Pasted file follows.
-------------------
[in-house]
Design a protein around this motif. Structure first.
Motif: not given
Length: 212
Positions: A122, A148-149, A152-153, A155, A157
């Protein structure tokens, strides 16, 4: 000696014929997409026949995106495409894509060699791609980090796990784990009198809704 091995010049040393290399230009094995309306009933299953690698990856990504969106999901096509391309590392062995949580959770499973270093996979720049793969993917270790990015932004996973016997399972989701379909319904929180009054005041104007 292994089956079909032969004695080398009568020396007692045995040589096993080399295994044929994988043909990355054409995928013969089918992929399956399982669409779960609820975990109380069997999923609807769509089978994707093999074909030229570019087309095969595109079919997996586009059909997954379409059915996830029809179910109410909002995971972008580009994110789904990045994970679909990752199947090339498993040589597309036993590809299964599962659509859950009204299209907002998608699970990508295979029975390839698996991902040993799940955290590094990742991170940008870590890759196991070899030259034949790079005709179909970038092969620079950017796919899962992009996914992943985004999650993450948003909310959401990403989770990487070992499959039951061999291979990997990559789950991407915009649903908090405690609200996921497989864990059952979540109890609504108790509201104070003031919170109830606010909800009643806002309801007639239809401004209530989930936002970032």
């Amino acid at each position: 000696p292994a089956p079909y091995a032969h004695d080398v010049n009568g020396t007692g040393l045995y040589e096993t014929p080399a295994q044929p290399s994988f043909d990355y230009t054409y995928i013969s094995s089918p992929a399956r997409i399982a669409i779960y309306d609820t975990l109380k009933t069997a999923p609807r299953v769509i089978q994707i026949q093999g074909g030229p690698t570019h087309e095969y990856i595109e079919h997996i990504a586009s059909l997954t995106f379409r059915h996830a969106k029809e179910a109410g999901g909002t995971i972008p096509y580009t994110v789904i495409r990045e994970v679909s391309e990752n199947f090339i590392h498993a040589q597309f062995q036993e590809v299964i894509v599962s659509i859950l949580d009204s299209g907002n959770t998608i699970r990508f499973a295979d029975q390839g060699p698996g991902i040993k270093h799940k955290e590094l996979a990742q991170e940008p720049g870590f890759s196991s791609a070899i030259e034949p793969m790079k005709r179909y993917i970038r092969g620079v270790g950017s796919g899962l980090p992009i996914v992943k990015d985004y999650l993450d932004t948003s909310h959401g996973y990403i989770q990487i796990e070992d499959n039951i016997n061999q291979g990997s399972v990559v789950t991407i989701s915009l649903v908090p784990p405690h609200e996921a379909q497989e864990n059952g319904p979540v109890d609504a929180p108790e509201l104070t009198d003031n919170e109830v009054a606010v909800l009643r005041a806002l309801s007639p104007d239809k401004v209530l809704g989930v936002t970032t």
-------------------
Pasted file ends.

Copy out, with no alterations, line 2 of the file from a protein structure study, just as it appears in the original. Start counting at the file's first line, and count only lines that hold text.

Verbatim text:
Design a protein around this motif. Structure first.